Iowa Heroes and HamletsHighways and Byways, Day 21: Waterloo, IA to Iowa City, IA
In Waterloo (pop. 68,653) this morning, we made a stop at one of several places named for the city's most famous sons, the five Sullivan brothers. In January, 1942, less than a month after they lost a good friend in the Japanese attack on Pearl Harbor, the five brothers all enlisted in the U.S. Navy with the stipulation that they serve together. Ignoring its loosely enforced policy of separating siblings, the Navy assigned all the Sullivans to the cruiser USS Juneau. In the midst of the Guadalcanal Campaign, the ship was hit by torpedo fire in November of that year and sank. All but ten of the ship's crew of 700 perished, including all five of the Sullivan brothers.
|The Five Sullivan Brothers: (L to R) Joe, Frank, Al, Matt and George|
Our next stop was to be an odd but interesting site in the small town of Gladbrook (pop. 941). For Patrick Acton, creating scale models of famous structures from matchsticks has been a lifelong passion. We came across his reputation and a small museum housing some of his work when researching places to visit in Iowa. Alas, however, we were not destined to see these amazing creations on this trip as the museum is only open in the afternoons, which did not fit in our schedule. Maybe we can catch some of them next time we're near a Ripley's Believe It Or Not location.
If we couldn't see the marvels in miniature, we'd have to settle for a curiosity of another size. There weren't any letterboxes to search for, so we tapped into the Roadside America app again and discovered that we were within reasonable range of Iowa's Largest Frying Pan in Brandon (pop. 307). Well, why not? It's not exactly Claes Oldenburg, but it was less than two miles from the interstate, so away we went.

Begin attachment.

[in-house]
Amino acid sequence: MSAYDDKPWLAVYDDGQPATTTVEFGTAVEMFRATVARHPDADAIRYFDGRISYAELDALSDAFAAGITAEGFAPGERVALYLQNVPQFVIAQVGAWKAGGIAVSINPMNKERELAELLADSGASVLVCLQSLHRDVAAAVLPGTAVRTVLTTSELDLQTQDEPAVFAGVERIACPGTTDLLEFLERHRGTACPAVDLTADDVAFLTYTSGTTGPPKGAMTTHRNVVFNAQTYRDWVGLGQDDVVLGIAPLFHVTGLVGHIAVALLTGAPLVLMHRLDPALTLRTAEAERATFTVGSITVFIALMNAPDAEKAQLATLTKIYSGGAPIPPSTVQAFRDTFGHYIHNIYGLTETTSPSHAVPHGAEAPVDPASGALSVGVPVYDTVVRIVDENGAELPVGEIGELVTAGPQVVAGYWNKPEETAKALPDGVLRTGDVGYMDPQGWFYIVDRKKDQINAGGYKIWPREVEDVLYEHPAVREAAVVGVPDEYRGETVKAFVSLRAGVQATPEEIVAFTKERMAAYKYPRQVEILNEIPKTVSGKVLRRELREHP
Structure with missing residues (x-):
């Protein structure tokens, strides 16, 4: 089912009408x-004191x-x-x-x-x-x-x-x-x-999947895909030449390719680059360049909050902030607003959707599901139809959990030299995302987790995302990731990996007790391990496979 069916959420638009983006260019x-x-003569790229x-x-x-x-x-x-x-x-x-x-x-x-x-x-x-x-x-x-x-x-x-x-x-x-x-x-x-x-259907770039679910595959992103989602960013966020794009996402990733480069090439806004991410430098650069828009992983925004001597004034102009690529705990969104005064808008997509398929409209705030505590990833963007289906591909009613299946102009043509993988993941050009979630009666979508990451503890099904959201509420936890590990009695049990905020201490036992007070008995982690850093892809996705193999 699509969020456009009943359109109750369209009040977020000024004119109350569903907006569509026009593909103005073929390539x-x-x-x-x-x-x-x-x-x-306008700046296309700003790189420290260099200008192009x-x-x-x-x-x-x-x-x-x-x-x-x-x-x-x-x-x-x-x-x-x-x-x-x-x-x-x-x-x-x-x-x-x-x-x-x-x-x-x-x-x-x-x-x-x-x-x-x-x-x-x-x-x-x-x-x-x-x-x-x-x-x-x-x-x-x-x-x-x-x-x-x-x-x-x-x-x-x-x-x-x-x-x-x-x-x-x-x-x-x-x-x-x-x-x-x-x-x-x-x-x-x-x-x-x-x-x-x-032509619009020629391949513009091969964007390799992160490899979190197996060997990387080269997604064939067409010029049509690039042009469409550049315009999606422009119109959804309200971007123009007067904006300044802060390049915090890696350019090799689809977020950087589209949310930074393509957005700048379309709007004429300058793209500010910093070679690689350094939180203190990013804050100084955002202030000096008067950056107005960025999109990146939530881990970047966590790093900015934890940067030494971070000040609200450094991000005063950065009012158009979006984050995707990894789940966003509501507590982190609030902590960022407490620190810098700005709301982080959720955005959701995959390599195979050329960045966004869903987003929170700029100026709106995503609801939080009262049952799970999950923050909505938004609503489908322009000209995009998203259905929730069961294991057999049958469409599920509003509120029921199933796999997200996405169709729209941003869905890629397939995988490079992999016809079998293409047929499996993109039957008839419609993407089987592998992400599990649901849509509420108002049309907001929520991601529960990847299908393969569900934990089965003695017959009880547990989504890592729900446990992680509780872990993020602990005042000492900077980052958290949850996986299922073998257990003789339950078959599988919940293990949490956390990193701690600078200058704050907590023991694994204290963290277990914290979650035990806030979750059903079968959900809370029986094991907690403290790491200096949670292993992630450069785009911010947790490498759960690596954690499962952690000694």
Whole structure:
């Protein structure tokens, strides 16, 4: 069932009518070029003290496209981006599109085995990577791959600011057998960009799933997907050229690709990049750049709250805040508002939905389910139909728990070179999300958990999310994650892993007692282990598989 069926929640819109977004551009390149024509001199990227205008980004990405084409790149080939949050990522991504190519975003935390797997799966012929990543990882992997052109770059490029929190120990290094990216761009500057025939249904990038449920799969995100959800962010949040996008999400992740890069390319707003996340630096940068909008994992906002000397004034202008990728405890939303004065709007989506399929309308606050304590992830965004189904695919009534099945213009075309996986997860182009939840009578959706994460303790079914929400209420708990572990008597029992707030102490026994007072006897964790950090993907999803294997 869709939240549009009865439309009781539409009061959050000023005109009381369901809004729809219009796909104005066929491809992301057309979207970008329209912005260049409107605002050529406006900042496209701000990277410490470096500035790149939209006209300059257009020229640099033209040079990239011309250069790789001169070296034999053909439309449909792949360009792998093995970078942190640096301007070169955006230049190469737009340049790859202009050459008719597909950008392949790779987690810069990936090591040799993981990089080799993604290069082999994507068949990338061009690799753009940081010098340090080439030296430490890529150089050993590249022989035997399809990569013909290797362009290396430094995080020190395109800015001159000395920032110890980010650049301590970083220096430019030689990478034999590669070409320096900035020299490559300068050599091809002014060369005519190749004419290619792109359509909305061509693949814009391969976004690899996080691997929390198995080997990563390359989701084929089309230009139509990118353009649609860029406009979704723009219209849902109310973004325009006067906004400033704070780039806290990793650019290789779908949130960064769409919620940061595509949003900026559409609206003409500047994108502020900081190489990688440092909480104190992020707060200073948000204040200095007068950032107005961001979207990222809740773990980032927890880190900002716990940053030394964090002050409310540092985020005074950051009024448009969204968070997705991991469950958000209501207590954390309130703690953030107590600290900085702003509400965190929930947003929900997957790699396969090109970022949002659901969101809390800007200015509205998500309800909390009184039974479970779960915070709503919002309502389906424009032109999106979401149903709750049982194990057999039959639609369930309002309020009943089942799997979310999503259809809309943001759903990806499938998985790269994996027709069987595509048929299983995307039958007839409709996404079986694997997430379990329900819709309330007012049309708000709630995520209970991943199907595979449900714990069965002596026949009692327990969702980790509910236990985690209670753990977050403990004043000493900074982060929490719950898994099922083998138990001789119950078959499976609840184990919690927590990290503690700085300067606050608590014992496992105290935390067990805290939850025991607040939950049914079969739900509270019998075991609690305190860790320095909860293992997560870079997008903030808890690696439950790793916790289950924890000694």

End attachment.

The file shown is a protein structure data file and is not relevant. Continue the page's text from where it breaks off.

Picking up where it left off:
Built of recycled scrap metal in 2004 by local citizens to promote the town's semi-annual Cowboy Breakfast, a fundraising project for the local community center, the pan has become a symbol of the town. When they decided to build the pan, it didn't occur to the citizens to determine whether there were other similar pans elsewhere. Later when they discovered that a pan in the state of Washington was a measly three inches larger, the Brandon pan was dubbed "Iowa's Largest Frying Pan." To date, no one has disputed this claim.
At the public library in the town of Hiawatha (pop. 7,113) a bit further south, we found a very clever letterbox on the library shelf. We suspected an 'inside job' because the 'box' was not only shelved among the other books, it had a bar code and was listed in the library's catalog.
|Very clever and well-executed library letterbox|
In the afternoon, we finally made it to West Branch (pop. 2,310) and the Herbert Hoover National Historic Site. Given Hoover's place in U.S. history and the perpetually dismal ratings of his presidency, we expected a modest preservation or recreation of his birthplace. What we found instead was 187 acres of "commemorative landscape" including 31 meticulously maintained historic structures, a half mile of boardwalks and a quarter mile of white picket fences to keep painted and in good repair.
|Historic street at Hoover National Historic Site|
|Grave site of Hoover and his wife|
|The cottage where Hoover was born (which he himself made provisions to preserve)|
More Photos from Today
|Sullivan Brothers Iowa Veterans Museum, Waterloo|
|A replica of part of the USS Juneau's hull and a Mustang bomber escort in the Veterans Museum|
|Hoover grave looking upon his birthplace in the distance|
|Kitchen in Hoover birthplace|
|A replica of the Hoover outhouse|
|Classroom in the Quaker schoolhouse that Hoover attended|